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Chair of Materials Test Engineering

In-silico design of implants based on a multi-scale approach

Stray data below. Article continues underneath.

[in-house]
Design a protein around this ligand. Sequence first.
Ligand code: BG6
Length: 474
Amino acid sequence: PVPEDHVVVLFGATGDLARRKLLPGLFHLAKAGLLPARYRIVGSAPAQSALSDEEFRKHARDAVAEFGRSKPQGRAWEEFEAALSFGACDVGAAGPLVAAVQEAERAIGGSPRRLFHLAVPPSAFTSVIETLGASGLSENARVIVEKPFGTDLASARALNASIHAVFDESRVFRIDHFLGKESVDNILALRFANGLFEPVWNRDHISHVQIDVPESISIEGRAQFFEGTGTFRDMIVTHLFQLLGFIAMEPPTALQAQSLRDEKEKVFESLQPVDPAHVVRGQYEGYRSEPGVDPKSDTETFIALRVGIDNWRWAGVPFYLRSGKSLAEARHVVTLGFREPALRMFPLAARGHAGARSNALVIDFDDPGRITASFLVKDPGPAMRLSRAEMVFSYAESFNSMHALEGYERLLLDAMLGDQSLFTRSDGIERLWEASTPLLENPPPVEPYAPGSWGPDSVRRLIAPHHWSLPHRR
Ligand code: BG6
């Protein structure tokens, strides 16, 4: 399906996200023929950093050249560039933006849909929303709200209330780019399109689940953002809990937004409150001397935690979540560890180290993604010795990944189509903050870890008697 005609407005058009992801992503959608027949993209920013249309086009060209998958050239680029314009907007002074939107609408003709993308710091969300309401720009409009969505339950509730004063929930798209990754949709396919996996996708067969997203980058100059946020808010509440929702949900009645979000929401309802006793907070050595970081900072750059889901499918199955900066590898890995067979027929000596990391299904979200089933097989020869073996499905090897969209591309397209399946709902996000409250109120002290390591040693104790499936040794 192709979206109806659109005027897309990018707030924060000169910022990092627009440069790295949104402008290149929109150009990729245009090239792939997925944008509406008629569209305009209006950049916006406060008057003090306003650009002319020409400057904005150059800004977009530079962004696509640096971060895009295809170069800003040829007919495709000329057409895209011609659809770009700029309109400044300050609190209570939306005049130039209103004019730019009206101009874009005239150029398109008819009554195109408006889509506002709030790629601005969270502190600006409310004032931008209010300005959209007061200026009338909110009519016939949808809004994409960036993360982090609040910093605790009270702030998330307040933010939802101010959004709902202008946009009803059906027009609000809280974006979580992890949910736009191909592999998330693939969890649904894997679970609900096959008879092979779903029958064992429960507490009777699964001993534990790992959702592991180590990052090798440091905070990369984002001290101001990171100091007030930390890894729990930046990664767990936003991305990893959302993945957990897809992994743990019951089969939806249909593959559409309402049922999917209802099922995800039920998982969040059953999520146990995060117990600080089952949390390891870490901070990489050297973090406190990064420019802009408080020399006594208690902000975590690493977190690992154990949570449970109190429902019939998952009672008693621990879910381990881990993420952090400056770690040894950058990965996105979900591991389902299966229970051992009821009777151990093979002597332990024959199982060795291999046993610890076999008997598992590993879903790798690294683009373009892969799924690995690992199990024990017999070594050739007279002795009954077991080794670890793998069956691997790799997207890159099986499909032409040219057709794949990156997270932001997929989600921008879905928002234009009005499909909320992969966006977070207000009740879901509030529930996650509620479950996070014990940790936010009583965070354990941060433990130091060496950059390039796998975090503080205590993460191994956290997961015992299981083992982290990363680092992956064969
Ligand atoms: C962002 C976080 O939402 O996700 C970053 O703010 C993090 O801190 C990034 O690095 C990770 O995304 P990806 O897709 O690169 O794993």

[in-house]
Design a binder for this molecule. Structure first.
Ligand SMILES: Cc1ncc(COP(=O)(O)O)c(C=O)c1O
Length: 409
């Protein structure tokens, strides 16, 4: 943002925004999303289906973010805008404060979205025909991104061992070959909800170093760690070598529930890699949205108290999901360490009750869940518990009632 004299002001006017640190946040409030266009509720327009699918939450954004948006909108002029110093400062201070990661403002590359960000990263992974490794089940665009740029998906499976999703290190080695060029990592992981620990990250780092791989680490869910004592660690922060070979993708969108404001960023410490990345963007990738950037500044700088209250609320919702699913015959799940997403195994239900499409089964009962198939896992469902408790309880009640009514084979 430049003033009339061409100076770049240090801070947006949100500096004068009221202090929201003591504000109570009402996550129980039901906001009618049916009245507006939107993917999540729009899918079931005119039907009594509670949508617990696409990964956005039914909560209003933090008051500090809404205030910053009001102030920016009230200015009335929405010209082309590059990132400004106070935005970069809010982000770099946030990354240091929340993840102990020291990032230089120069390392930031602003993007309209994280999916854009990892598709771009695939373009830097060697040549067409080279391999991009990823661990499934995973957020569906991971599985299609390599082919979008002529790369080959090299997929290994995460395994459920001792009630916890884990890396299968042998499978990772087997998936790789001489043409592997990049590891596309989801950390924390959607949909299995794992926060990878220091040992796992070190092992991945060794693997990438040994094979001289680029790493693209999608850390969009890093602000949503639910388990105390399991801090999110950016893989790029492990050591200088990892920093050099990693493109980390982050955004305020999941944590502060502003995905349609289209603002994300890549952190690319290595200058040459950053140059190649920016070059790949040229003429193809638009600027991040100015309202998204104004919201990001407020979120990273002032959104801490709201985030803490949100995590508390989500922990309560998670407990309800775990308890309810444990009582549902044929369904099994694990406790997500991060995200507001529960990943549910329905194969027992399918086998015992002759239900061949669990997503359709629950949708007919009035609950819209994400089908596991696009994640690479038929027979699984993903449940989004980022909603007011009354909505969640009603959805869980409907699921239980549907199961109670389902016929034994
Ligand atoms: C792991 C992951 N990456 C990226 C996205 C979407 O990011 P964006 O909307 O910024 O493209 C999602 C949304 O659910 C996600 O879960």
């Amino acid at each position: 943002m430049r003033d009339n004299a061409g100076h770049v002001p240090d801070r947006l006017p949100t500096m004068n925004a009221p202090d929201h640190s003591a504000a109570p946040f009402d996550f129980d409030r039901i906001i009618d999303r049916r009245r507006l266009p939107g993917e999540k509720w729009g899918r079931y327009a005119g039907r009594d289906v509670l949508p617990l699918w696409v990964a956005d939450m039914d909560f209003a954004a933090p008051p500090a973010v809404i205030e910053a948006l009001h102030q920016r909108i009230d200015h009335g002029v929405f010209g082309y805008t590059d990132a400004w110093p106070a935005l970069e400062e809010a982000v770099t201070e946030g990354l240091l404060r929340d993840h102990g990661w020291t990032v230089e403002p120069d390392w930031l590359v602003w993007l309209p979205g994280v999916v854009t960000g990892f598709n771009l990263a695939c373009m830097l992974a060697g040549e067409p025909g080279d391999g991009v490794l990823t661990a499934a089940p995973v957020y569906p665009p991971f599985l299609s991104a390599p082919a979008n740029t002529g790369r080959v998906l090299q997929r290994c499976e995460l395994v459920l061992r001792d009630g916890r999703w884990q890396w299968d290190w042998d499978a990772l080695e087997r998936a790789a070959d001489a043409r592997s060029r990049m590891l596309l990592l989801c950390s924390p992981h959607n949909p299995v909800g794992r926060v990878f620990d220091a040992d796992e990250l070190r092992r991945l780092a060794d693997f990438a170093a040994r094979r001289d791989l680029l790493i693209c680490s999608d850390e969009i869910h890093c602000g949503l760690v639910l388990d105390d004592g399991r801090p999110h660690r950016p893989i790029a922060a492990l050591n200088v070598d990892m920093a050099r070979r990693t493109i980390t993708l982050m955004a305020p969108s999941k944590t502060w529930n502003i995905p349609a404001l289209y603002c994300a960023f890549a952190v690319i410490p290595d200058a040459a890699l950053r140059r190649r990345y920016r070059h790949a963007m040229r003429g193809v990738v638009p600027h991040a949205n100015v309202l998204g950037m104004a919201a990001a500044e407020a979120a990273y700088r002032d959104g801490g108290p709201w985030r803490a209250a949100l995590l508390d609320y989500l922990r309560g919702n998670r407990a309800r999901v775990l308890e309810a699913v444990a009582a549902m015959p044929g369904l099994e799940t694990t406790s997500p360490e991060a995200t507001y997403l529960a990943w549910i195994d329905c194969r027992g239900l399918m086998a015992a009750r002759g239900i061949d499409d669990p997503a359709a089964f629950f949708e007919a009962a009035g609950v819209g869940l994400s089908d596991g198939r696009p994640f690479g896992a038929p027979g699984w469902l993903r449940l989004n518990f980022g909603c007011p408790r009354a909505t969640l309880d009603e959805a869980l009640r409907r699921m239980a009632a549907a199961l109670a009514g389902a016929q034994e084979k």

Optimized permanent implants are to be developed in the research group. Additive manufacturing results in a great degree of freedom in terms of geometric design. As a result, the lattice structure in the implant can be adjusted in a targeted manner in order to optimally adapt the implant to the surrounding bone. Funding period 1 focuses on permanent implants. In particular, the functionality of the implant must be guaranteed over a long period of loading. In this SP-7, a cross-scale model is developed that takes into account the influence of damage effects on the microscale, of notch effects of the grid structures on the mesoscale, and stress shielding on the macroscale. To this end, a new type of homogenization approach is being introduced that allows the scales to be linked in a time-efficient manner using machine learning. In addition, the thermodynamic topology optimization is further developed in order to determine the optimal digital implant across all scales, taking into account process-related damage and stress-induced fatigue effects. In order to find the optimum between lattice structure and functionality, an efficient multi-scale algorithm is developed. The fatigue behavior under stress at high (HCF, High Cycle Fatigue) and very high number of load cycles (VHCF, Very High Cycle Fatigue) is modeled on the microscale. It is assumed that the failure occurs mainly at the grain boundaries. The investigation of the influence of the lattice structure on the stress-strain relationship takes place on the mesoscale. The optimization of the implant in terms of fatigue strength, load-bearing capacity, and morphology is ultimately carried out on the macro scale. The data transfer between the individual scales will be realized based on specially developed artificial neural networks.